Rays-Red Sox Preview

The Associated Press

There has been no shortage of ninth-inning excitement in the first two games between the Boston Red Sox and Tampa Bay Rays.

In Sunday's series finale at Fenway Park, the Red Sox hope to carry some momentum from their latest comeback victory over the Rays and finally move over .500 for the first time this season.

The series started with a bang Friday night, with Matt Joyce hitting a third-inning grand slam to lead Tampa Bay (28-19) to a 7-4 victory. The game, however, will be remembered for Red Sox reliever Franklin Morales hitting Luke Scott in the right leg in the ninth, prompting the benches to clear.

Rays manager Joe Maddon took offense to the beaning and tweeted, "What occurred in the 9th reeked of intent. Was ridiculous, absurd, idiotic, incompetent, cowardly behavior."

Boston manager Bobby Valentine saw things differently.

"I took offense to the aggressiveness of their coaches,'' he said prior to Saturday's game. "I thought it was really unprofessional."

While the war of words didn't escalate, the game did have a dramatic finish with Jarrod Saltalamacchia hitting a pinch-hit, two-run homer off closer Fernando Rodney with one out in the ninth to lift the Red Sox to a 3-2 victory.

Rodney entered with a 0.38 ERA and had converted his first 15 save chances for the Rays, who fell to 3-5 against Boston.

"We were saying, 'He's going to blow his first one.' Positive thinking,'' said Adrian Gonzalez, who watched in the clubhouse after coming out for a pinch runner in the sixth.

Boston (23-23) snapped the Rays' three-game winning streak and improved to 11-4 since May 11 to get back to .500 for the fifth time this season. The Red Sox, 5 1/2 games behind AL East-leading Baltimore, have yet to climb over the break-even mark, however, making this the latest into a season they've gone without eclipsing .500 since 1996, when they didn't do it until late August.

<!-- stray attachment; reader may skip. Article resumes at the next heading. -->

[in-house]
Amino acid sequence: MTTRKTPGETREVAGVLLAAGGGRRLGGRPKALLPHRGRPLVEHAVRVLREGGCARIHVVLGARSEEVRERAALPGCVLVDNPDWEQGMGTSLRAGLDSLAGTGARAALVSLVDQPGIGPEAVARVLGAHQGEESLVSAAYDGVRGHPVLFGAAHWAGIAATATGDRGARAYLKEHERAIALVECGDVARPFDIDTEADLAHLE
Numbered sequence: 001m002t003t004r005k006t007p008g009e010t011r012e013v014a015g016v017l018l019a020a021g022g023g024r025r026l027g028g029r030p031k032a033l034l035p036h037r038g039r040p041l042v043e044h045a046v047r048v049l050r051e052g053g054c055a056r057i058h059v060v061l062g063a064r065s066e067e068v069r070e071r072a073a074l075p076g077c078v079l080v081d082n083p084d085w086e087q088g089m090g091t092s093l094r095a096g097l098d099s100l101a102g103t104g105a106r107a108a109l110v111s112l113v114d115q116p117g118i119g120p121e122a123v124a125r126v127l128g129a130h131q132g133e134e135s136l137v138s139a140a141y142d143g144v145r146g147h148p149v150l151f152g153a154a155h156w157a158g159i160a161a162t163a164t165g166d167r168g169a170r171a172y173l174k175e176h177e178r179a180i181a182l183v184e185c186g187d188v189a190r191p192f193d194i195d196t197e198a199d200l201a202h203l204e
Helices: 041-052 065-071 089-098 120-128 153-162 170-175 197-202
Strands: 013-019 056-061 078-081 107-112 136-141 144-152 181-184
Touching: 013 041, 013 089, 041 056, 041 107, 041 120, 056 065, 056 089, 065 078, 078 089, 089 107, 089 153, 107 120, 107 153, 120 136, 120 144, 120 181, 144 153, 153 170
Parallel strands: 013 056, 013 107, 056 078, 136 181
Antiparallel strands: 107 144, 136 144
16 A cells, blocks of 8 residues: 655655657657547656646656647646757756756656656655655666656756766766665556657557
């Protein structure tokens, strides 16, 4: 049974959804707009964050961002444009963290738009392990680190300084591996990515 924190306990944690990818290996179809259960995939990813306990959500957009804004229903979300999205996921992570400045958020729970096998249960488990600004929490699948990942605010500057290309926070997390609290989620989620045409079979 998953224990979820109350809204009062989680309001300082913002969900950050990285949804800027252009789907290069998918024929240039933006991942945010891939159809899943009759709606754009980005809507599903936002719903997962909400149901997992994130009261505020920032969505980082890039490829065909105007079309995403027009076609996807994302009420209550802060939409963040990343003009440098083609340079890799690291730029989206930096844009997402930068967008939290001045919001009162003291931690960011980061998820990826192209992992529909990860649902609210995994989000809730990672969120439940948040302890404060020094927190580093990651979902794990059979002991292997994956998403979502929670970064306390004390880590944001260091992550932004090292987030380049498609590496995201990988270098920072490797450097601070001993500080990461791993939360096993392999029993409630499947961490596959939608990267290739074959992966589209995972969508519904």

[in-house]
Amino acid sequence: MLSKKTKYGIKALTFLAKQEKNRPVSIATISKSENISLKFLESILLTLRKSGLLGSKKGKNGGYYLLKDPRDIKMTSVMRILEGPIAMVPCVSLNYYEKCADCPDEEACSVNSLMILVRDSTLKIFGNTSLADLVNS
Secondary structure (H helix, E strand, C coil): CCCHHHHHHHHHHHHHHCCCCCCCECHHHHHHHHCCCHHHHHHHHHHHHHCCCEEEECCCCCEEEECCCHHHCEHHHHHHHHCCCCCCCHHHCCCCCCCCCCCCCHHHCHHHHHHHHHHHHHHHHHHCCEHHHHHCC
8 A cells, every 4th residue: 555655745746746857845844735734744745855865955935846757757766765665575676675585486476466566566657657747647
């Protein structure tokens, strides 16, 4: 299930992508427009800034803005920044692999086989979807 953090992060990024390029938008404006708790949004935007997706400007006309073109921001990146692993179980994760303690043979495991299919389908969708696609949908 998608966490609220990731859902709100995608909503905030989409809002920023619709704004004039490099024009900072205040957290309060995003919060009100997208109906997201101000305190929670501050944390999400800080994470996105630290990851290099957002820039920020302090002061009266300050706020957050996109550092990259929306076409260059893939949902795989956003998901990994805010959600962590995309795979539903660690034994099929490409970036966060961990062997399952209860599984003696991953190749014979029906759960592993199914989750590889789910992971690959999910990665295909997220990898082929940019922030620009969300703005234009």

Jeremy Hellickson (4-1, 2.73 ERA) will be taking the ball for Tampa Bay trying to prevent Boston from gaining any more ground.

The right-hander gave up five runs - two earned - and eight hits over 7 1-3 innings in Monday's 6-2 loss to Toronto, his first regular-season defeat since Aug. 30, a span of 14 starts.

Prior to losing to the Blue Jays, the reigning AL Rookie of the Year allowed one run, five hits and two walks in six innings of a 2-1 home win over the Red Sox on May 16. He wasn't as sharp at Fenway a month earlier, permitting five runs and seven hits - including homers to Dustin Pedroia, David Ortiz and Saltalamacchia - in five innings of a 13-5 loss April 14, but didn't get the decision.

Ortiz is batting .400 in 15 career at-bats against Hellickson.

The Red Sox counter with Clay Buchholz (4-2, 7.84), who will oppose Hellickson for the third time.

Buchholz has the majors' worst ERA but has received 8.76 runs of support per start - 1.61 more runs than any other pitcher. The righty, whose 1.91 WHIP is also worst in the majors, allowed five runs, six hits and four walks in 5 1-3 innings of an 8-6 win at Baltimore on Monday, but wasn't credited with a decision.

He had his best start of the season at Tampa Bay two weeks ago, yielding two runs and six hits in five innings, but took the loss as his offense provided him only one run.

Buchholz also opposed Hellickson a month ago, and gave up five runs and six hits in seven innings to get the win. He is 4-2 with a 2.61 ERA in his last eight starts versus the Rays, who managed just four singles Saturday.

Tampa Bay's Carlos Pena, who was hitless Saturday after going 4 for 12 with two homers, four RBIs and five runs in his first three games since being moved into the leadoff spot, is 3 for 7 with a double against Buchholz this season.

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